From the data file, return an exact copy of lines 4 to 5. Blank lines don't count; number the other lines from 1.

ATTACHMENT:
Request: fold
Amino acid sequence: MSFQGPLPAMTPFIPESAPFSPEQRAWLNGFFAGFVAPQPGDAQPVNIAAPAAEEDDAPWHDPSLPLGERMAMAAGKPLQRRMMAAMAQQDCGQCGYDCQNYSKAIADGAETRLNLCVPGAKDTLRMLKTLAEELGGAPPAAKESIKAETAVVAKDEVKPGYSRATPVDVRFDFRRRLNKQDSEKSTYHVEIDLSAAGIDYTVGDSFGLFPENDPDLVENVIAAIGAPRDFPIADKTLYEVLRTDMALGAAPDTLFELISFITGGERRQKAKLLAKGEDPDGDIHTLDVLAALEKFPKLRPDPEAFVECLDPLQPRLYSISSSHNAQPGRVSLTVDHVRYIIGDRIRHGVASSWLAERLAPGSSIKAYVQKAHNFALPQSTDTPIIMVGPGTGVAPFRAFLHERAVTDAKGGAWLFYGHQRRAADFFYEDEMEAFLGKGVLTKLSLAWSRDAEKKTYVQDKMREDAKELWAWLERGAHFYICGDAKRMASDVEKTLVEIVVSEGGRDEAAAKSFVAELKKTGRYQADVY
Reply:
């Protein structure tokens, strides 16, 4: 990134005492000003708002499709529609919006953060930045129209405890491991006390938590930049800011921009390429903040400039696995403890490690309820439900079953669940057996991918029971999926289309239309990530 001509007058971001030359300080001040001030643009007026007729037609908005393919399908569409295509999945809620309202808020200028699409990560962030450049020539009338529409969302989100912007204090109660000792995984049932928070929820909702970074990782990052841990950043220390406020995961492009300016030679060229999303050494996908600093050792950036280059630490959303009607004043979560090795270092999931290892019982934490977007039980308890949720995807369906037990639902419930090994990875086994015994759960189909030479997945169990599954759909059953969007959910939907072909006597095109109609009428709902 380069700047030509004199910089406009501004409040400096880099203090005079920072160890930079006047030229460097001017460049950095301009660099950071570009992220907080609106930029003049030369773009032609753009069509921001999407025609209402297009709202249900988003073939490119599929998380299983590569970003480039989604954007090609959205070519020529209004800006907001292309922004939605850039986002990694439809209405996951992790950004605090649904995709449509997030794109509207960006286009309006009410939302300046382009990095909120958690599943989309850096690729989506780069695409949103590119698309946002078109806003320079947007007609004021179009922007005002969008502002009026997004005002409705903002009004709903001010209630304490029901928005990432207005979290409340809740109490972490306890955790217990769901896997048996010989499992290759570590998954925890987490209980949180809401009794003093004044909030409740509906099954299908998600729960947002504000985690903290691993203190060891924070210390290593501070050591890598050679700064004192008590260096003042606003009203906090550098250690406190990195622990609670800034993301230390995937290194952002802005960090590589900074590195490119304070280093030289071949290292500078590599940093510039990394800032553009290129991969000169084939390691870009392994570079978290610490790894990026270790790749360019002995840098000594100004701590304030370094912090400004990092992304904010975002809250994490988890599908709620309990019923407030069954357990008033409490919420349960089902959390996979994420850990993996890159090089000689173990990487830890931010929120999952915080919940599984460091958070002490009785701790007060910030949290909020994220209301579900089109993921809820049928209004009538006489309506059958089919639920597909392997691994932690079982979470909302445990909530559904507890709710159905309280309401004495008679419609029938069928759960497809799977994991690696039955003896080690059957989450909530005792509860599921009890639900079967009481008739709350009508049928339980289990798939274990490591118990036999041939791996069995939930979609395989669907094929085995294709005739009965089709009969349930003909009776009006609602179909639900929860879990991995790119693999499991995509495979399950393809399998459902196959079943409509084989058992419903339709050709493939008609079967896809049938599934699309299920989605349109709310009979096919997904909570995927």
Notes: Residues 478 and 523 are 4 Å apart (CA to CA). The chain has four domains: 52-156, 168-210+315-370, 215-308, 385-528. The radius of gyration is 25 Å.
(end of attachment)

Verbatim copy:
């Protein structure tokens, strides 16, 4: 990134005492000003708002499709529609919006953060930045129209405890491991006390938590930049800011921009390429903040400039696995403890490690309820439900079953669940057996991918029971999926289309239309990530 001509007058971001030359300080001040001030643009007026007729037609908005393919399908569409295509999945809620309202808020200028699409990560962030450049020539009338529409969302989100912007204090109660000792995984049932928070929820909702970074990782990052841990950043220390406020995961492009300016030679060229999303050494996908600093050792950036280059630490959303009607004043979560090795270092999931290892019982934490977007039980308890949720995807369906037990639902419930090994990875086994015994759960189909030479997945169990599954759909059953969007959910939907072909006597095109109609009428709902 380069700047030509004199910089406009501004409040400096880099203090005079920072160890930079006047030229460097001017460049950095301009660099950071570009992220907080609106930029003049030369773009032609753009069509921001999407025609209402297009709202249900988003073939490119599929998380299983590569970003480039989604954007090609959205070519020529209004800006907001292309922004939605850039986002990694439809209405996951992790950004605090649904995709449509997030794109509207960006286009309006009410939302300046382009990095909120958690599943989309850096690729989506780069695409949103590119698309946002078109806003320079947007007609004021179009922007005002969008502002009026997004005002409705903002009004709903001010209630304490029901928005990432207005979290409340809740109490972490306890955790217990769901896997048996010989499992290759570590998954925890987490209980949180809401009794003093004044909030409740509906099954299908998600729960947002504000985690903290691993203190060891924070210390290593501070050591890598050679700064004192008590260096003042606003009203906090550098250690406190990195622990609670800034993301230390995937290194952002802005960090590589900074590195490119304070280093030289071949290292500078590599940093510039990394800032553009290129991969000169084939390691870009392994570079978290610490790894990026270790790749360019002995840098000594100004701590304030370094912090400004990092992304904010975002809250994490988890599908709620309990019923407030069954357990008033409490919420349960089902959390996979994420850990993996890159090089000689173990990487830890931010929120999952915080919940599984460091958070002490009785701790007060910030949290909020994220209301579900089109993921809820049928209004009538006489309506059958089919639920597909392997691994932690079982979470909302445990909530559904507890709710159905309280309401004495008679419609029938069928759960497809799977994991690696039955003896080690059957989450909530005792509860599921009890639900079967009481008739709350009508049928339980289990798939274990490591118990036999041939791996069995939930979609395989669907094929085995294709005739009965089709009969349930003909009776009006609602179909639900929860879990991995790119693999499991995509495979399950393809399998459902196959079943409509084989058992419903339709050709493939008609079967896809049938599934699309299920989605349109709310009979096919997904909570995927």
Notes: Residues 478 and 523 are 4 Å apart (CA to CA). The chain has four domains: 52-156, 168-210+315-370, 215-308, 385-528. The radius of gyration is 25 Å.